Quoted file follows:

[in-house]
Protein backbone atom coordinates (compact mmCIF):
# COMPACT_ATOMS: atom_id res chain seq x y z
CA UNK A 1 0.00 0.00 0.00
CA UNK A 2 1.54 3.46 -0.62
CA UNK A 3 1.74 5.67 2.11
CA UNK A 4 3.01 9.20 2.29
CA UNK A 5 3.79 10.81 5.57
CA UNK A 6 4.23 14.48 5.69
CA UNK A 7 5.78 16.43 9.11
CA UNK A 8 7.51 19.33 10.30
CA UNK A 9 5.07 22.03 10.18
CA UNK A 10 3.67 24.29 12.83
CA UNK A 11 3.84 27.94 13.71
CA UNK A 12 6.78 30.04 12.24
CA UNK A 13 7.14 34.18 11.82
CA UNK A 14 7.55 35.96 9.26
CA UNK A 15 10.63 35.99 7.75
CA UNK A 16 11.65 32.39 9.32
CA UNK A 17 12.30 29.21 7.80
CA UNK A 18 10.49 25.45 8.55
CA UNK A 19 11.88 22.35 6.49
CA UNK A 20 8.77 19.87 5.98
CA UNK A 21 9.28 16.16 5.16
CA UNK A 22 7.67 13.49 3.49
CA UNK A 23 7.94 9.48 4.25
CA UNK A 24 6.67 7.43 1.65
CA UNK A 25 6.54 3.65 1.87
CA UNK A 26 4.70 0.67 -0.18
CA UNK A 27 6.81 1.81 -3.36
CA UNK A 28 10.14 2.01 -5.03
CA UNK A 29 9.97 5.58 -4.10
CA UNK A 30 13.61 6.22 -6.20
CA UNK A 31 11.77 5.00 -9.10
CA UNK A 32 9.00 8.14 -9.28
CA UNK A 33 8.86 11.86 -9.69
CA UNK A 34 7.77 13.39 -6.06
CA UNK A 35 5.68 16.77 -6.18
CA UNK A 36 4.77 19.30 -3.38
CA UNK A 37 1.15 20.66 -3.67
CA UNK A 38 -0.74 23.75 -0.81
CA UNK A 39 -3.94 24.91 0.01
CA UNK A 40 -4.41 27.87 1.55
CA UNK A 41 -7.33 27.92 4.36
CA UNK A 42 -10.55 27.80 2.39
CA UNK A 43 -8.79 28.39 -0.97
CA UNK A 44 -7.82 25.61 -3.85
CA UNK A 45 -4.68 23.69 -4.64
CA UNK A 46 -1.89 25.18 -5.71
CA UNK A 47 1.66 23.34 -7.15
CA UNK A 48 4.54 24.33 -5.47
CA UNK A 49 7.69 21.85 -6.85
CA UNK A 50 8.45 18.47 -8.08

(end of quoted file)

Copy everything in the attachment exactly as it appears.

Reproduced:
[in-house]
Protein backbone atom coordinates (compact mmCIF):
# COMPACT_ATOMS: atom_id res chain seq x y z
CA UNK A 1 0.00 0.00 0.00
CA UNK A 2 1.54 3.46 -0.62
CA UNK A 3 1.74 5.67 2.11
CA UNK A 4 3.01 9.20 2.29
CA UNK A 5 3.79 10.81 5.57
CA UNK A 6 4.23 14.48 5.69
CA UNK A 7 5.78 16.43 9.11
CA UNK A 8 7.51 19.33 10.30
CA UNK A 9 5.07 22.03 10.18
CA UNK A 10 3.67 24.29 12.83
CA UNK A 11 3.84 27.94 13.71
CA UNK A 12 6.78 30.04 12.24
CA UNK A 13 7.14 34.18 11.82
CA UNK A 14 7.55 35.96 9.26
CA UNK A 15 10.63 35.99 7.75
CA UNK A 16 11.65 32.39 9.32
CA UNK A 17 12.30 29.21 7.80
CA UNK A 18 10.49 25.45 8.55
CA UNK A 19 11.88 22.35 6.49
CA UNK A 20 8.77 19.87 5.98
CA UNK A 21 9.28 16.16 5.16
CA UNK A 22 7.67 13.49 3.49
CA UNK A 23 7.94 9.48 4.25
CA UNK A 24 6.67 7.43 1.65
CA UNK A 25 6.54 3.65 1.87
CA UNK A 26 4.70 0.67 -0.18
CA UNK A 27 6.81 1.81 -3.36
CA UNK A 28 10.14 2.01 -5.03
CA UNK A 29 9.97 5.58 -4.10
CA UNK A 30 13.61 6.22 -6.20
CA UNK A 31 11.77 5.00 -9.10
CA UNK A 32 9.00 8.14 -9.28
CA UNK A 33 8.86 11.86 -9.69
CA UNK A 34 7.77 13.39 -6.06
CA UNK A 35 5.68 16.77 -6.18
CA UNK A 36 4.77 19.30 -3.38
CA UNK A 37 1.15 20.66 -3.67
CA UNK A 38 -0.74 23.75 -0.81
CA UNK A 39 -3.94 24.91 0.01
CA UNK A 40 -4.41 27.87 1.55
CA UNK A 41 -7.33 27.92 4.36
CA UNK A 42 -10.55 27.80 2.39
CA UNK A 43 -8.79 28.39 -0.97
CA UNK A 44 -7.82 25.61 -3.85
CA UNK A 45 -4.68 23.69 -4.64
CA UNK A 46 -1.89 25.18 -5.71
CA UNK A 47 1.66 23.34 -7.15
CA UNK A 48 4.54 24.33 -5.47
CA UNK A 49 7.69 21.85 -6.85
CA UNK A 50 8.45 18.47 -8.08